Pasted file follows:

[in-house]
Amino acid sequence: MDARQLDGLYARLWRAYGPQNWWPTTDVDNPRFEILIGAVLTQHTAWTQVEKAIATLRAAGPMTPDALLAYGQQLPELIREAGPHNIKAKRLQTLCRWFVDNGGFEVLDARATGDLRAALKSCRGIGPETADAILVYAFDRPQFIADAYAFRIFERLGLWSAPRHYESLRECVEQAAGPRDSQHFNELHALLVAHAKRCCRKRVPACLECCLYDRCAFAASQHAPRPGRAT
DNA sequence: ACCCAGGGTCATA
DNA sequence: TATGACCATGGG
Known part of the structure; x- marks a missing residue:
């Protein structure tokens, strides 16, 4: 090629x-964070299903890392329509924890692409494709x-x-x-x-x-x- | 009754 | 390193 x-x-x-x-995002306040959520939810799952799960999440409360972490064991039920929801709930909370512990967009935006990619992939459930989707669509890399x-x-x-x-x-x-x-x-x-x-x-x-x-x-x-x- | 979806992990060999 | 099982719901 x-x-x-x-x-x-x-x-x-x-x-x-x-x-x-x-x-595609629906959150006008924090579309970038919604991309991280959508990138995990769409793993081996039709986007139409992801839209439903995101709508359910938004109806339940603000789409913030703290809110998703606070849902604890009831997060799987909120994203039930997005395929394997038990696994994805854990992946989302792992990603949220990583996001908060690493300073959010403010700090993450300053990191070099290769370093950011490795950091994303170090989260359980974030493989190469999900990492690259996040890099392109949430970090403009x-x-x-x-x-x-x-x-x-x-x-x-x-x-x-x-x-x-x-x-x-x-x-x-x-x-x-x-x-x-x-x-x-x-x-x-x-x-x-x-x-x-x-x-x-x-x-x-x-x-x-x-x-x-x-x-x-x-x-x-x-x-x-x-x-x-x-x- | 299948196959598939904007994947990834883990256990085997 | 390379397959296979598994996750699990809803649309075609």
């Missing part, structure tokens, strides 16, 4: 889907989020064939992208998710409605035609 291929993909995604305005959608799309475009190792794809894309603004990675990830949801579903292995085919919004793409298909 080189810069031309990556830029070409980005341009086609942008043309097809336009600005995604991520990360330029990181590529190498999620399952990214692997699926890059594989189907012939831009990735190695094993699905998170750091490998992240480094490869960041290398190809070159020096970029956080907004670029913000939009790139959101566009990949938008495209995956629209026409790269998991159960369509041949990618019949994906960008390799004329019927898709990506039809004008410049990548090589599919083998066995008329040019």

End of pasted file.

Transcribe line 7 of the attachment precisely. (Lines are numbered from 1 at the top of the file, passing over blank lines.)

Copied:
């Missing part, structure tokens, strides 16, 4: 889907989020064939992208998710409605035609 291929993909995604305005959608799309475009190792794809894309603004990675990830949801579903292995085919919004793409298909 080189810069031309990556830029070409980005341009086609942008043309097809336009600005995604991520990360330029990181590529190498999620399952990214692997699926890059594989189907012939831009990735190695094993699905998170750091490998992240480094490869960041290398190809070159020096970029956080907004670029913000939009790139959101566009990949938008495209995956629209026409790269998991159960369509041949990618019949994906960008390799004329019927898709990506039809004008410049990548090589599919083998066995008329040019």